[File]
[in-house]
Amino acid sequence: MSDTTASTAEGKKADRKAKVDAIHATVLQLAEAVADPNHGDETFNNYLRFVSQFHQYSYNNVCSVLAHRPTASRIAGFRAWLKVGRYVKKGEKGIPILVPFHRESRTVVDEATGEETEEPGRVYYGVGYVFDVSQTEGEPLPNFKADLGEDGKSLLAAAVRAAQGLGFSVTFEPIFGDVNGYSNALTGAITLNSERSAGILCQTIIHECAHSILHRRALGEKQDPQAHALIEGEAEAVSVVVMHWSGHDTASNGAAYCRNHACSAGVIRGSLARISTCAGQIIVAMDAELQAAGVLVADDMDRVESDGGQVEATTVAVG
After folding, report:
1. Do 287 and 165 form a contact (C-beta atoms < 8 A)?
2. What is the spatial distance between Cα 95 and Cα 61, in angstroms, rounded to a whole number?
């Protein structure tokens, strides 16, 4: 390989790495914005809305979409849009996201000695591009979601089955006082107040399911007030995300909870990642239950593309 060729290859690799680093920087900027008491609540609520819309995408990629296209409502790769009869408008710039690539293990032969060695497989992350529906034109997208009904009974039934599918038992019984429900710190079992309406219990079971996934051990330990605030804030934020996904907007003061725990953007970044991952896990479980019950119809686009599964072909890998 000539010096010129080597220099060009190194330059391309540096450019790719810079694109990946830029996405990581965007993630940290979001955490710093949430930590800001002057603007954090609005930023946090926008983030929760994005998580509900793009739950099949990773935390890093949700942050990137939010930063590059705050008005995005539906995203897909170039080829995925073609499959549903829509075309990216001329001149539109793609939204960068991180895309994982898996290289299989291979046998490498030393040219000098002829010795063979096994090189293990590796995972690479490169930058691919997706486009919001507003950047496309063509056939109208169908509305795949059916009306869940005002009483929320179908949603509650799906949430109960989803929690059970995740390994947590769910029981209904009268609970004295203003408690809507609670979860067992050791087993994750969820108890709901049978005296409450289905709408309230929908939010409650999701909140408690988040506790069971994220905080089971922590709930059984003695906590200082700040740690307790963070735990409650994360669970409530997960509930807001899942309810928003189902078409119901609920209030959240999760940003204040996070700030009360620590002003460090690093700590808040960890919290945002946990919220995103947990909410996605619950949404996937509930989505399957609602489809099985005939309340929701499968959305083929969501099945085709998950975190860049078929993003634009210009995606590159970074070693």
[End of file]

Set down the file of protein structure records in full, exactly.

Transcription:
[in-house]
Amino acid sequence: MSDTTASTAEGKKADRKAKVDAIHATVLQLAEAVADPNHGDETFNNYLRFVSQFHQYSYNNVCSVLAHRPTASRIAGFRAWLKVGRYVKKGEKGIPILVPFHRESRTVVDEATGEETEEPGRVYYGVGYVFDVSQTEGEPLPNFKADLGEDGKSLLAAAVRAAQGLGFSVTFEPIFGDVNGYSNALTGAITLNSERSAGILCQTIIHECAHSILHRRALGEKQDPQAHALIEGEAEAVSVVVMHWSGHDTASNGAAYCRNHACSAGVIRGSLARISTCAGQIIVAMDAELQAAGVLVADDMDRVESDGGQVEATTVAVG
After folding, report:
1. Do 287 and 165 form a contact (C-beta atoms < 8 A)?
2. What is the spatial distance between Cα 95 and Cα 61, in angstroms, rounded to a whole number?
């Protein structure tokens, strides 16, 4: 390989790495914005809305979409849009996201000695591009979601089955006082107040399911007030995300909870990642239950593309 060729290859690799680093920087900027008491609540609520819309995408990629296209409502790769009869408008710039690539293990032969060695497989992350529906034109997208009904009974039934599918038992019984429900710190079992309406219990079971996934051990330990605030804030934020996904907007003061725990953007970044991952896990479980019950119809686009599964072909890998 000539010096010129080597220099060009190194330059391309540096450019790719810079694109990946830029996405990581965007993630940290979001955490710093949430930590800001002057603007954090609005930023946090926008983030929760994005998580509900793009739950099949990773935390890093949700942050990137939010930063590059705050008005995005539906995203897909170039080829995925073609499959549903829509075309990216001329001149539109793609939204960068991180895309994982898996290289299989291979046998490498030393040219000098002829010795063979096994090189293990590796995972690479490169930058691919997706486009919001507003950047496309063509056939109208169908509305795949059916009306869940005002009483929320179908949603509650799906949430109960989803929690059970995740390994947590769910029981209904009268609970004295203003408690809507609670979860067992050791087993994750969820108890709901049978005296409450289905709408309230929908939010409650999701909140408690988040506790069971994220905080089971922590709930059984003695906590200082700040740690307790963070735990409650994360669970409530997960509930807001899942309810928003189902078409119901609920209030959240999760940003204040996070700030009360620590002003460090690093700590808040960890919290945002946990919220995103947990909410996605619950949404996937509930989505399957609602489809099985005939309340929701499968959305083929969501099945085709998950975190860049078929993003634009210009995606590159970074070693």